The manifesto was a political declaration, but it was not based on any legal foundation, and it could only adapt laws and issue decrees. In March and May 1945, decrees settled the issue of abandoned estates – that is, those estates whose owners did not resume control over them after the end of the German occupation. They also included properties belonging to Germans and traitors. These properties were taken over by the Main Office of the Temporary State Board. Formally – if the owner of such property appeared – he would have no problem regaining it. Of course, this did not apply to the Germans and collaborators, and in reality these claims were not always easy to make. By the end of 1945, the courts had to issue sentences ordering the return of 567 industrial plants.

A propaganda photo of a citizen reading the PKWN Manifesto


The declaration of the Polish Committee for National Liberation contained in the July manifesto and the decrees of 1945 created a temporary foundation. This was the state of affairs until the end of 1945. At the beginning of January 1946, the National Council passed the Act on state ownership of the basic branches of the national economy. The purpose of this operation is explained in the preamble to the law: “For the planned reconstruction of the national economy, ensuring economic sovereignty and increasing general welfare, the state takes the property of the enterprise […]”. If one pays attention to the above justification, one gets the impression that the arguments used were similar to those used by the Polish government in the declaration of 1942.

Moreover, in Europe at that time – including Western Europe – none of these measures were considered exceptional. At the same time, parts of the banking and insurance sectors were being nationalized in France, and the same was being done to Renault, the well-known car manufacturer. Railway companies were being nationalized in Sweden. In Great Britain, the state was assuming control over the coal industry, the Bank of England and rail transport. These decisions were justified by current economic policies aimed at protecting countries from further crisis. It was also important to eliminate enemy capital (especially German ones in France). Nationalization, however, did not change the foundations of the market economy – the private sector remained its backbone. Importantly, the existing owners of nationalized enterprises received real compensation for lost property because the law was on their side.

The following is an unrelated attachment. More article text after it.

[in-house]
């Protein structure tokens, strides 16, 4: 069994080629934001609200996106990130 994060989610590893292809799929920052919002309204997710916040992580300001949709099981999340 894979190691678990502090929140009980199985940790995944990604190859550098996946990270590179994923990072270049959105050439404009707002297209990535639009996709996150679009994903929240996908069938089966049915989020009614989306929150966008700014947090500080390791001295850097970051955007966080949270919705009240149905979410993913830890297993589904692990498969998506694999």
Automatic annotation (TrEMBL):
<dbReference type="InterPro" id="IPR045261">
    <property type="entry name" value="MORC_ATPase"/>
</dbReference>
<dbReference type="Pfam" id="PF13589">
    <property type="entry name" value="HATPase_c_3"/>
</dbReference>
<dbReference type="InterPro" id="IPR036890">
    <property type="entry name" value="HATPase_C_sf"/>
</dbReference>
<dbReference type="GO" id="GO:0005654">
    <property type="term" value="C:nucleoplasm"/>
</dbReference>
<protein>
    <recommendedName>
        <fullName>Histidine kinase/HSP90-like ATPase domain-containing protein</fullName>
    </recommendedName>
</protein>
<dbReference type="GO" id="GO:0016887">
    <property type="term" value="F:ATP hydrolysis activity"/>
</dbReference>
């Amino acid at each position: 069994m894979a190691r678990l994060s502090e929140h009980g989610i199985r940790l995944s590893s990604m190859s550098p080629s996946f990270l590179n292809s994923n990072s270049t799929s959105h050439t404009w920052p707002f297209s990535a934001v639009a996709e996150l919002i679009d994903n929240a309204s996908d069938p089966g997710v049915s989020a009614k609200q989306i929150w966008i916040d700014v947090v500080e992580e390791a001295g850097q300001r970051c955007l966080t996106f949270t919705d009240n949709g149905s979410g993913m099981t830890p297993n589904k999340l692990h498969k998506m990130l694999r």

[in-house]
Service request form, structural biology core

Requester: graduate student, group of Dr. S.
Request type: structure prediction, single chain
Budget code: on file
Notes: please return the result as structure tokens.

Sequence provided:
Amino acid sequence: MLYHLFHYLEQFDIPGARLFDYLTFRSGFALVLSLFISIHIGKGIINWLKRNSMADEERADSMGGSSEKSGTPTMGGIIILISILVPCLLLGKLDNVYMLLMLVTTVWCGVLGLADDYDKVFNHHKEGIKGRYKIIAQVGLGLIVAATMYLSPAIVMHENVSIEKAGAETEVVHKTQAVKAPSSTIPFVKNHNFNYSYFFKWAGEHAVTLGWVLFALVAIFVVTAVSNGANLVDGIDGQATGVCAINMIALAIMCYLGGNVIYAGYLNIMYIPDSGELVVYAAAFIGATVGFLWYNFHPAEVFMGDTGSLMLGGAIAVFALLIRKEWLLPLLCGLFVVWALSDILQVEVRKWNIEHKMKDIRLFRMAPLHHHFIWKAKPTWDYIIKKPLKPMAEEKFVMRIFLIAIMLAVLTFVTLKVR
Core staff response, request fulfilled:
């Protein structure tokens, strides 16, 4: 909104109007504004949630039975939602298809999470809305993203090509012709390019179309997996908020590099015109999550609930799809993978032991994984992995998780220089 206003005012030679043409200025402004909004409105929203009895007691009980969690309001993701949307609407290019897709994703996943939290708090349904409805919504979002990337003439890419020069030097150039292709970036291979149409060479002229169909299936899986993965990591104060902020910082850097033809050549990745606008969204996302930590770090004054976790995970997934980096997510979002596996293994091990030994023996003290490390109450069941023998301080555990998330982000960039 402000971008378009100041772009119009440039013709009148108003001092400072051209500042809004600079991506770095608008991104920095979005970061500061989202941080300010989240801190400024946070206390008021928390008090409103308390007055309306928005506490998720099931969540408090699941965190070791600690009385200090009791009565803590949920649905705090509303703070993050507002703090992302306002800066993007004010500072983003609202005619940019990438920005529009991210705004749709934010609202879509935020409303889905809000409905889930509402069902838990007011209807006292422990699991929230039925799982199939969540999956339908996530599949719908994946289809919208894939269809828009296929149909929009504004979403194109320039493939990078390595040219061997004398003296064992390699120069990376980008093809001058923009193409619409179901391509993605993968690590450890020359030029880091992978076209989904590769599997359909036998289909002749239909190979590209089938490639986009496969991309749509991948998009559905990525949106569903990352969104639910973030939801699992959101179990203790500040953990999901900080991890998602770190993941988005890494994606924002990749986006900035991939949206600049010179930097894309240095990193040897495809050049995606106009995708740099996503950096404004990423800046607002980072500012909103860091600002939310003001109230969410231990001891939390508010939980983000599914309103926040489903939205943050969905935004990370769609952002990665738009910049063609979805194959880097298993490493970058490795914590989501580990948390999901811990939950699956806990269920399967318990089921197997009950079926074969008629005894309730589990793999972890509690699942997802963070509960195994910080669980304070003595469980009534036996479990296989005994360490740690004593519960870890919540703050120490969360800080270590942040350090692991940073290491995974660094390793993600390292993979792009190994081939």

It was different in the countries of the Soviet bloc – here ideology prevailed over economic arguments. Under communism, the market economy, including private property, had no right to exist. It was especially unthinkable for workers to work in private enterprises. Therefore, private property was gradually liquidated. With regard to Polish industry, this happened in January 1946.

In accordance with the January law, all industrial, mining, communication, banking, insurance and commercial enterprises belonging to the German state and the Free City of Gdańsk and their citizens were nationalized. Among the remaining enterprises, private steel mills, mines, fuel plants, the oil and natural gas industry, the arms industry, the textile industry, gas pipelines, power plants, waterworks, distilleries, breweries, yeast factories, large mills and oil mills, cold stores, printing houses were also nationalized. In addition to industry, communications and telecommunications companies were also nationalized. Furthermore, regardless of the industry, all other enterprises employing more than 50 workers per shift were also nationalized. Few exceptions were foreseen to these conditions.

Gdańsk downtown in 1945